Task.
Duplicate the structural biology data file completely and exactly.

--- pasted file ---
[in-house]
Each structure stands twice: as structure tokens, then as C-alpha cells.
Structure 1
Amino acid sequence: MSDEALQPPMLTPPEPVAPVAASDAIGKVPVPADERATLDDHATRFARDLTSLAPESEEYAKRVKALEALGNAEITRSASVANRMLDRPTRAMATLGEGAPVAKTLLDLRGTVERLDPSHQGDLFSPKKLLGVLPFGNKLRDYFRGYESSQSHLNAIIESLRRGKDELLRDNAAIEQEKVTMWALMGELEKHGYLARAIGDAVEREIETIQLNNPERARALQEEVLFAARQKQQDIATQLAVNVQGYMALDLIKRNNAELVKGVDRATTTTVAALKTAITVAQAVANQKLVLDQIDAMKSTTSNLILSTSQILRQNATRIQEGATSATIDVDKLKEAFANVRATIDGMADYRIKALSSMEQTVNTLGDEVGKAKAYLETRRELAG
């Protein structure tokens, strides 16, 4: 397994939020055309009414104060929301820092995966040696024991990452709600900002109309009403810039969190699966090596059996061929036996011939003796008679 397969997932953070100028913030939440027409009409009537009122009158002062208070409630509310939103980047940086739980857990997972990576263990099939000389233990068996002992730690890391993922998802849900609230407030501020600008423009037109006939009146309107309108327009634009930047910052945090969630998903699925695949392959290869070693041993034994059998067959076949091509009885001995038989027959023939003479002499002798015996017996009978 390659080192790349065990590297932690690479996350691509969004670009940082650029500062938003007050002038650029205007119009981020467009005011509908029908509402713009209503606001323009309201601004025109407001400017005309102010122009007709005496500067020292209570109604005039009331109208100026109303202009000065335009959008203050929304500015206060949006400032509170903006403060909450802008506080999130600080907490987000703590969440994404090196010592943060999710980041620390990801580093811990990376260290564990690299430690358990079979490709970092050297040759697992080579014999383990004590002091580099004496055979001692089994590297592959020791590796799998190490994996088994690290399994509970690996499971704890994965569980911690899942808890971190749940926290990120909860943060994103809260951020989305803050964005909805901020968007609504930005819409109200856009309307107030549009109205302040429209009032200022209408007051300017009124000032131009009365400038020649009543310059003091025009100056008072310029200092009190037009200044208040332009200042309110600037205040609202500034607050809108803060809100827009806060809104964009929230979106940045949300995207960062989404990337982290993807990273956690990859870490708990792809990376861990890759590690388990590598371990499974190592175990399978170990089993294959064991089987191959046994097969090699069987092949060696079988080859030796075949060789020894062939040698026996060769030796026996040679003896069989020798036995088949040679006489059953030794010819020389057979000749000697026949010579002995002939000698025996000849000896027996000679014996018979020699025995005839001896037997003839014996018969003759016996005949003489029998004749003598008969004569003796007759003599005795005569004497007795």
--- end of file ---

[in-house]
Each structure stands twice: as structure tokens, then as C-alpha cells.
Structure 1
Amino acid sequence: MSDEALQPPMLTPPEPVAPVAASDAIGKVPVPADERATLDDHATRFARDLTSLAPESEEYAKRVKALEALGNAEITRSASVANRMLDRPTRAMATLGEGAPVAKTLLDLRGTVERLDPSHQGDLFSPKKLLGVLPFGNKLRDYFRGYESSQSHLNAIIESLRRGKDELLRDNAAIEQEKVTMWALMGELEKHGYLARAIGDAVEREIETIQLNNPERARALQEEVLFAARQKQQDIATQLAVNVQGYMALDLIKRNNAELVKGVDRATTTTVAALKTAITVAQAVANQKLVLDQIDAMKSTTSNLILSTSQILRQNATRIQEGATSATIDVDKLKEAFANVRATIDGMADYRIKALSSMEQTVNTLGDEVGKAKAYLETRRELAG
């Protein structure tokens, strides 16, 4: 397994939020055309009414104060929301820092995966040696024991990452709600900002109309009403810039969190699966090596059996061929036996011939003796008679 397969997932953070100028913030939440027409009409009537009122009158002062208070409630509310939103980047940086739980857990997972990576263990099939000389233990068996002992730690890391993922998802849900609230407030501020600008423009037109006939009146309107309108327009634009930047910052945090969630998903699925695949392959290869070693041993034994059998067959076949091509009885001995038989027959023939003479002499002798015996017996009978 390659080192790349065990590297932690690479996350691509969004670009940082650029500062938003007050002038650029205007119009981020467009005011509908029908509402713009209503606001323009309201601004025109407001400017005309102010122009007709005496500067020292209570109604005039009331109208100026109303202009000065335009959008203050929304500015206060949006400032509170903006403060909450802008506080999130600080907490987000703590969440994404090196010592943060999710980041620390990801580093811990990376260290564990690299430690358990079979490709970092050297040759697992080579014999383990004590002091580099004496055979001692089994590297592959020791590796799998190490994996088994690290399994509970690996499971704890994965569980911690899942808890971190749940926290990120909860943060994103809260951020989305803050964005909805901020968007609504930005819409109200856009309307107030549009109205302040429209009032200022209408007051300017009124000032131009009365400038020649009543310059003091025009100056008072310029200092009190037009200044208040332009200042309110600037205040609202500034607050809108803060809100827009806060809104964009929230979106940045949300995207960062989404990337982290993807990273956690990859870490708990792809990376861990890759590690388990590598371990499974190592175990399978170990089993294959064991089987191959046994097969090699069987092949060696079988080859030796075949060789020894062939040698026996060769030796026996040679003896069989020798036995088949040679006489059953030794010819020389057979000749000697026949010579002995002939000698025996000849000896027996000679014996018979020699025995005839001896037997003839014996018969003759016996005949003489029998004749003598008969004569003796007759003599005795005569004497007795």